Chrome is a common sight on classic cars, motorcycles and vintage bicycles. Though chrome plating is usually applied to metal surfaces, it is sometimes used to coat plastic trim for decorative effect. Electroplated plastic adds the look of metal without adding its weight, making it desirable for car and motorcycle manufacturers. Once applied, chrome adds a mirror-like coating, which produces a brilliant luster under natural and artificial light. Because of the thinness of chrome plating, it is susceptible to scratching and gouging. Minor scratches can be polished away using a light abrasive.
Things You'll Need
Vacuum with hose attachment
Mild dish soap
Synthetic steel wool pads
Vacuum the chrome with your vacuum's brush attachment. To avoid further scratching, the chrome should be free of any surface dirt, dust or other residue.
Clean the chrome with a microfiber or cotton cloth, and a solution of warm water and several drops of mild dish soap. Wipe the chrome completely dry with a second microfiber cloth.
Clean your chrome regularly with mild dish soap and a microfiber cloth to maintain its shine and prevent chipping, flaking and other corrosion.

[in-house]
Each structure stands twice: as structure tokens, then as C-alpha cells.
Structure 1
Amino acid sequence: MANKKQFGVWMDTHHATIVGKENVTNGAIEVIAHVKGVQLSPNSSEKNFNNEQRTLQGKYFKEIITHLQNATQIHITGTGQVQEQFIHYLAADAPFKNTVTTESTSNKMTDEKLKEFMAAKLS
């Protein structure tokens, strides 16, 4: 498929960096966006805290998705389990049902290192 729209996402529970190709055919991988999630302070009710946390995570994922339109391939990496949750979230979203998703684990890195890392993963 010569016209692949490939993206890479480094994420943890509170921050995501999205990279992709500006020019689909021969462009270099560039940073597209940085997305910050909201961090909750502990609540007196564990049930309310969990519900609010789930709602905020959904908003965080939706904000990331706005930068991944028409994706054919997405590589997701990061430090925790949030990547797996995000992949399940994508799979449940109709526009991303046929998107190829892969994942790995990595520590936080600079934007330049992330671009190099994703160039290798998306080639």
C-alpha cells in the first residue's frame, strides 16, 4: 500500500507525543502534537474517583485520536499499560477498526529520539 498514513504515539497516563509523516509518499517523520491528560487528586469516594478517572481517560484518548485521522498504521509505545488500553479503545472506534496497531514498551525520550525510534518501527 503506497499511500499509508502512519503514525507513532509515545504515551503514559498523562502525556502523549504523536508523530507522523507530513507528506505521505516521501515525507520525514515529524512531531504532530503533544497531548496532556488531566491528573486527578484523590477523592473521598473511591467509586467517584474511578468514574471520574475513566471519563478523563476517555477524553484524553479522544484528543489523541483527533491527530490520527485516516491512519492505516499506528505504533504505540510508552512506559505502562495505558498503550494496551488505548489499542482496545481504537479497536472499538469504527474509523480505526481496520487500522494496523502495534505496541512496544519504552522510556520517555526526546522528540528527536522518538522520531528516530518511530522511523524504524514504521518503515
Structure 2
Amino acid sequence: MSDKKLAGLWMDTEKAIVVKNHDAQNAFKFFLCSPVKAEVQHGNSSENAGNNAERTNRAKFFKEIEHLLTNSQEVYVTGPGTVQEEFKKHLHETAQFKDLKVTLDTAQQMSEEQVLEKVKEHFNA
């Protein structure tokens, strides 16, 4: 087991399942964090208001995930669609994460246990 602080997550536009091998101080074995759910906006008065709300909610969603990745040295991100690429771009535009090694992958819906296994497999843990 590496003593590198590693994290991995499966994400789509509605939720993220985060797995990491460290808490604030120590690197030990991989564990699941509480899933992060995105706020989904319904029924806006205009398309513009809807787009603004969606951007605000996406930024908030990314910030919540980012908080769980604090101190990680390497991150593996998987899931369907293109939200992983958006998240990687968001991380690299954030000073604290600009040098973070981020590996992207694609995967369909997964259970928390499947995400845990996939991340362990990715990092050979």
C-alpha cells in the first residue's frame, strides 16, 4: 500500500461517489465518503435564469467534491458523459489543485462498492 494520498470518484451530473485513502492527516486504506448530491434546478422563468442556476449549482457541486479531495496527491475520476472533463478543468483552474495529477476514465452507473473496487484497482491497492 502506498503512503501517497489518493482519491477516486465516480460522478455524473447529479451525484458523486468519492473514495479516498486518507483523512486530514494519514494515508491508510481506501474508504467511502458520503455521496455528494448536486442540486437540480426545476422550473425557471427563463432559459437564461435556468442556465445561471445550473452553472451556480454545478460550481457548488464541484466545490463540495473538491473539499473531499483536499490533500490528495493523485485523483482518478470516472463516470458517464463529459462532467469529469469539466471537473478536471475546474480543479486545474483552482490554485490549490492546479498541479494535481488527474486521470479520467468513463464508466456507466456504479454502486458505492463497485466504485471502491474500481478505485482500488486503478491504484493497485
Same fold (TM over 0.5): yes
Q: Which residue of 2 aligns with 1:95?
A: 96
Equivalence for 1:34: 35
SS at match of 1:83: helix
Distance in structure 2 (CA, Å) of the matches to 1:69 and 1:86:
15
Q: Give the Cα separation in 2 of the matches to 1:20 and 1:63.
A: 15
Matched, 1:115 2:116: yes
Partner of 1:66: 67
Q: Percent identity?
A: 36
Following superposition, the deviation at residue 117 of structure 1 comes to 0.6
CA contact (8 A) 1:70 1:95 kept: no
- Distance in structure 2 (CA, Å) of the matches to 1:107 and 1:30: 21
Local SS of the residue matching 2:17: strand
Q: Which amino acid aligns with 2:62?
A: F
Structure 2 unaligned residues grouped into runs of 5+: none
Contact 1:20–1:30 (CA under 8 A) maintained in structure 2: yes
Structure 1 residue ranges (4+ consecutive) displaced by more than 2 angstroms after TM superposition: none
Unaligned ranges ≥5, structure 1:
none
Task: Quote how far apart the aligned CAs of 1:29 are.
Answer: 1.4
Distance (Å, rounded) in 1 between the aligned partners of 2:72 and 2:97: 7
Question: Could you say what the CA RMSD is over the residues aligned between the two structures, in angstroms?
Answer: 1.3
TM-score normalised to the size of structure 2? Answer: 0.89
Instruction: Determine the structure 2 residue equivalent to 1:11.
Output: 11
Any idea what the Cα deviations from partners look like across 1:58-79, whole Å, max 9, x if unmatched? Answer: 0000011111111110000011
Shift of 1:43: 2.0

Spread the polish over the scratched area of the chrome with the steel wool pad. Rub the pad in a circular motion, using light pressure.
Do not rub steel wool against painted surfaces.
Apply more polish to the area as needed, and continue buffing. Most scratches will buff out in 10 to 20 minutes. As you buff, apply more polish as needed every two to four minutes to keep the steel wool gliding easily over the chrome surface.
Wipe the chrome clean using a dry microfiber cloth. While wiping, rub the cloth in a circular motion to increase the chrome's shine.
Old cotton T-shirts and cotton fleece do an excellent job of polishing chrome.
Brandon Getty began writing professionally in 2008, with columns appearing in "Thrasher" magazine. He received a Bachelor of Arts in literature from the University of California, Santa Cruz, and lives in Stockton, Calif.